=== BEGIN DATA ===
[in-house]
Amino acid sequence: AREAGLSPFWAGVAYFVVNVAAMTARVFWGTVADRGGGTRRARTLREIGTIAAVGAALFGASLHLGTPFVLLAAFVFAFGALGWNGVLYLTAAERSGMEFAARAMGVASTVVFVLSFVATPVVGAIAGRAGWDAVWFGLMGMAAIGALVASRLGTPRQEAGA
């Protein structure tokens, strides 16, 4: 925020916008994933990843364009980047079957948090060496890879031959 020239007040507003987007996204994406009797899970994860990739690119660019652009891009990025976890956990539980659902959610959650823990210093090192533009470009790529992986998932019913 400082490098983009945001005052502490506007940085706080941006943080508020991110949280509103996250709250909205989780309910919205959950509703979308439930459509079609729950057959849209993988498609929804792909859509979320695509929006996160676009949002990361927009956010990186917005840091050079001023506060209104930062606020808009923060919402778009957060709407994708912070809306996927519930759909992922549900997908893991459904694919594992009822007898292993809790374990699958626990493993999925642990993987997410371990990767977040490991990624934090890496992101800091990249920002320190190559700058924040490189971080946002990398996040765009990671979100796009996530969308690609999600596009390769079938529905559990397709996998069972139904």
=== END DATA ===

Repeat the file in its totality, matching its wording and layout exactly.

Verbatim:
[in-house]
Amino acid sequence: AREAGLSPFWAGVAYFVVNVAAMTARVFWGTVADRGGGTRRARTLREIGTIAAVGAALFGASLHLGTPFVLLAAFVFAFGALGWNGVLYLTAAERSGMEFAARAMGVASTVVFVLSFVATPVVGAIAGRAGWDAVWFGLMGMAAIGALVASRLGTPRQEAGA
């Protein structure tokens, strides 16, 4: 925020916008994933990843364009980047079957948090060496890879031959 020239007040507003987007996204994406009797899970994860990739690119660019652009891009990025976890956990539980659902959610959650823990210093090192533009470009790529992986998932019913 400082490098983009945001005052502490506007940085706080941006943080508020991110949280509103996250709250909205989780309910919205959950509703979308439930459509079609729950057959849209993988498609929804792909859509979320695509929006996160676009949002990361927009956010990186917005840091050079001023506060209104930062606020808009923060919402778009957060709407994708912070809306996927519930759909992922549900997908893991459904694919594992009822007898292993809790374990699958626990493993999925642990993987997410371990990767977040490991990624934090890496992101800091990249920002320190190559700058924040490189971080946002990398996040765009990671979100796009996530969308690609999600596009390769079938529905559990397709996998069972139904």